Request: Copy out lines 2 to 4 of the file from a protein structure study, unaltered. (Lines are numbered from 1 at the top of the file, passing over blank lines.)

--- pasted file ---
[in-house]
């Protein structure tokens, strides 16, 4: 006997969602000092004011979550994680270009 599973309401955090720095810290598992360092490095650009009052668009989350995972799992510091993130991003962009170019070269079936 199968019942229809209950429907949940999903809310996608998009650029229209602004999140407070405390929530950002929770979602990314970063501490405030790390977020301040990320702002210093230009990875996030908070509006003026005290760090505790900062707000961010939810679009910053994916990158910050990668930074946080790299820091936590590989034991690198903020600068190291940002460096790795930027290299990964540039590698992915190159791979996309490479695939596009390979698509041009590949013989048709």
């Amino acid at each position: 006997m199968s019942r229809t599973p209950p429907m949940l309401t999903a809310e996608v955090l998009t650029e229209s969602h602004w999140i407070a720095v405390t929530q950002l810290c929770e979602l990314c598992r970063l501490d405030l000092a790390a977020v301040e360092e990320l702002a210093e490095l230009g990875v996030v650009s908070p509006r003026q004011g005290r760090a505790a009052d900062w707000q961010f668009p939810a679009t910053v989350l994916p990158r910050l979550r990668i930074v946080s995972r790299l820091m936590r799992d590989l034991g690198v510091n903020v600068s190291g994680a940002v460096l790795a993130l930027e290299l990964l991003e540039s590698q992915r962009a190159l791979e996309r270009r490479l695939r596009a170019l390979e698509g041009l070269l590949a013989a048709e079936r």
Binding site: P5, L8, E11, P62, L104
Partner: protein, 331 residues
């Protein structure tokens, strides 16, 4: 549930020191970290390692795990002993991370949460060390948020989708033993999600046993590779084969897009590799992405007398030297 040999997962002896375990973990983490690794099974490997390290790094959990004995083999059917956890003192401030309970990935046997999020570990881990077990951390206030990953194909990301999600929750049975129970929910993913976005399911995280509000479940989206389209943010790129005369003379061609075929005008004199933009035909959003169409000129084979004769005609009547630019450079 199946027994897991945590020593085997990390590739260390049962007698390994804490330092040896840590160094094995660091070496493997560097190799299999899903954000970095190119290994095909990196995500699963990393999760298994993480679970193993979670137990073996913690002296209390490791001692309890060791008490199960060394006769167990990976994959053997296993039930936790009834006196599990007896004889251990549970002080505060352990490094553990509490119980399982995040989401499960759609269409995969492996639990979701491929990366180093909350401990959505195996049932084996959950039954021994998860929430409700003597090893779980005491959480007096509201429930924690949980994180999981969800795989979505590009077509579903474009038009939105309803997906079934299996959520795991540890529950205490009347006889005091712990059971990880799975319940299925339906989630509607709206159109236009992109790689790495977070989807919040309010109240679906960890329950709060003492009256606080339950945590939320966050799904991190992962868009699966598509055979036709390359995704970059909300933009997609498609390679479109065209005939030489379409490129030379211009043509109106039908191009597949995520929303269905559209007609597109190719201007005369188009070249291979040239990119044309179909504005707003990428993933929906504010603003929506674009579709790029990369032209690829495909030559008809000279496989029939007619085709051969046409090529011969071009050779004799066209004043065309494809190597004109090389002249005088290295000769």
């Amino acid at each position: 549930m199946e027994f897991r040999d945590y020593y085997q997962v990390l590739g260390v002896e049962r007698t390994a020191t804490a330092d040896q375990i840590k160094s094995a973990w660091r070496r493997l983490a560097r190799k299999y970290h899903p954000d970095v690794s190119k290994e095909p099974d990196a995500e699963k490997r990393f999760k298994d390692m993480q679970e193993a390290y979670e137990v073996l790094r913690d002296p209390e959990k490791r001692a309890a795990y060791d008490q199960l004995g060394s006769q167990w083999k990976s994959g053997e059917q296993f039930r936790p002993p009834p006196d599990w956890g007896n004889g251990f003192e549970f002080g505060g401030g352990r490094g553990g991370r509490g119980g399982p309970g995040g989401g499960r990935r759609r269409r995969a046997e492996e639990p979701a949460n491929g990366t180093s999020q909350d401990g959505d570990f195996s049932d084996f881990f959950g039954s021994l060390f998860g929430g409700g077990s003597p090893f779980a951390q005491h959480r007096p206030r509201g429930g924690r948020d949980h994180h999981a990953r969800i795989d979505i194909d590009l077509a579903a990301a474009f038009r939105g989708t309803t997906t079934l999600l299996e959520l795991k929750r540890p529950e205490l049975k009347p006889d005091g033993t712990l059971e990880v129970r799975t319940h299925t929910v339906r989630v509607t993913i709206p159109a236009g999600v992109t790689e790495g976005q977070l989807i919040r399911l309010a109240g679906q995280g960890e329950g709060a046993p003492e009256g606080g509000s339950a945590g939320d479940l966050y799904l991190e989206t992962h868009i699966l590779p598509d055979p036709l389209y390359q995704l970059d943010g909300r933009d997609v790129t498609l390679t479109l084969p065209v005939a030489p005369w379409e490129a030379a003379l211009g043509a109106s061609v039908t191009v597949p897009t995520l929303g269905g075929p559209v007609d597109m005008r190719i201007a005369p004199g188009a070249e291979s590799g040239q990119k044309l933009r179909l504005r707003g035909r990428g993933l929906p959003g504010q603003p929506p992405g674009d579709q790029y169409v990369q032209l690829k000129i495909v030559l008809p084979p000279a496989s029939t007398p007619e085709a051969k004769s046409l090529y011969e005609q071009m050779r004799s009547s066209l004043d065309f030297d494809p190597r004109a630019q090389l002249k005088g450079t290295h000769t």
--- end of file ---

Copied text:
């Protein structure tokens, strides 16, 4: 006997969602000092004011979550994680270009 599973309401955090720095810290598992360092490095650009009052668009989350995972799992510091993130991003962009170019070269079936 199968019942229809209950429907949940999903809310996608998009650029229209602004999140407070405390929530950002929770979602990314970063501490405030790390977020301040990320702002210093230009990875996030908070509006003026005290760090505790900062707000961010939810679009910053994916990158910050990668930074946080790299820091936590590989034991690198903020600068190291940002460096790795930027290299990964540039590698992915190159791979996309490479695939596009390979698509041009590949013989048709």
């Amino acid at each position: 006997m199968s019942r229809t599973p209950p429907m949940l309401t999903a809310e996608v955090l998009t650029e229209s969602h602004w999140i407070a720095v405390t929530q950002l810290c929770e979602l990314c598992r970063l501490d405030l000092a790390a977020v301040e360092e990320l702002a210093e490095l230009g990875v996030v650009s908070p509006r003026q004011g005290r760090a505790a009052d900062w707000q961010f668009p939810a679009t910053v989350l994916p990158r910050l979550r990668i930074v946080s995972r790299l820091m936590r799992d590989l034991g690198v510091n903020v600068s190291g994680a940002v460096l790795a993130l930027e290299l990964l991003e540039s590698q992915r962009a190159l791979e996309r270009r490479l695939r596009a170019l390979e698509g041009l070269l590949a013989a048709e079936r």
Binding site: P5, L8, E11, P62, L104